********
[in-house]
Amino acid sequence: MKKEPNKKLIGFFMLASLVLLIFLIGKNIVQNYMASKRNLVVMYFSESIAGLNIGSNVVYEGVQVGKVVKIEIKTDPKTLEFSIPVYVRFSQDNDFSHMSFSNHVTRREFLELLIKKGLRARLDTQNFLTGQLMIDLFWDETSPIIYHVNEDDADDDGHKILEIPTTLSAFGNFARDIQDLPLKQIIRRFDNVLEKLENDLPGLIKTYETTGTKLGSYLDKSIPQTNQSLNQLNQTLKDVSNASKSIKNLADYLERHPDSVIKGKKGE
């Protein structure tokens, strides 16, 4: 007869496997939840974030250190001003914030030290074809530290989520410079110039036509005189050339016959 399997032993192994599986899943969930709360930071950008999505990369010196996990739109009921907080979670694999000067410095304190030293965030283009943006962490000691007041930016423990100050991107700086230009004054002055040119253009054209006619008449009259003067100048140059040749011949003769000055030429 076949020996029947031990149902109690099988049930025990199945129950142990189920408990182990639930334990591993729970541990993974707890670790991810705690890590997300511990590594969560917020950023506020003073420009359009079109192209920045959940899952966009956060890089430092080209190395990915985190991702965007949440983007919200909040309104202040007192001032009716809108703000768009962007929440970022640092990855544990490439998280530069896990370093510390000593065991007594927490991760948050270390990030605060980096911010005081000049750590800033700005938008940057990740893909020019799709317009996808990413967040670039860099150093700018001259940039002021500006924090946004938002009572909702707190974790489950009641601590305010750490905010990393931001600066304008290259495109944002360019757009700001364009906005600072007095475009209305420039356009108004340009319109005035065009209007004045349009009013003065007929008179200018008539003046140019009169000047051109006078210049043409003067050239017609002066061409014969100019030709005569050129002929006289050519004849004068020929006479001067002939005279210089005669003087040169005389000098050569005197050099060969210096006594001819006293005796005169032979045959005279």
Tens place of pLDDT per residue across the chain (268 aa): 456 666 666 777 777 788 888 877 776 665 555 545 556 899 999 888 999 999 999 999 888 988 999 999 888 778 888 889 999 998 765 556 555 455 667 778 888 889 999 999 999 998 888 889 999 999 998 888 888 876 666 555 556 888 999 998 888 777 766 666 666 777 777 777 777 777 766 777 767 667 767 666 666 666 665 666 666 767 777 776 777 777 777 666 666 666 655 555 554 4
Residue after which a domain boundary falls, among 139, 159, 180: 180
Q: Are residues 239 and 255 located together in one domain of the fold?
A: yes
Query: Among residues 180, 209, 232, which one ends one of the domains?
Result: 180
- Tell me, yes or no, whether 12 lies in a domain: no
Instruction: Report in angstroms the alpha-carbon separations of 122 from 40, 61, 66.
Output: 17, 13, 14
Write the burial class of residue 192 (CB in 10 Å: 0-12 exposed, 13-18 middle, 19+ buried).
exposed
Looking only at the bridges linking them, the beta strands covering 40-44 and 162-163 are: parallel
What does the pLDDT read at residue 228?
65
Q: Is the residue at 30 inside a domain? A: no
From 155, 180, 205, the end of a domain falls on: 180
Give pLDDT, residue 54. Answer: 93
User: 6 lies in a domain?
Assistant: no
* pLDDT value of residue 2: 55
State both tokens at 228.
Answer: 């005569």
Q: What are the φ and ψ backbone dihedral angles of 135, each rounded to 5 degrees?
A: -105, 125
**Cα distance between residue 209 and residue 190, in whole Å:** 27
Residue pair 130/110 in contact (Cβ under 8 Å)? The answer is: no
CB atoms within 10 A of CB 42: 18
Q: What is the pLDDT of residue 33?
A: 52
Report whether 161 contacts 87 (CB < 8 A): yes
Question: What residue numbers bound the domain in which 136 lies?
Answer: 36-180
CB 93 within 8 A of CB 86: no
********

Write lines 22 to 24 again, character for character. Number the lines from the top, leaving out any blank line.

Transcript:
Assistant: no
* pLDDT value of residue 2: 55
State both tokens at 228.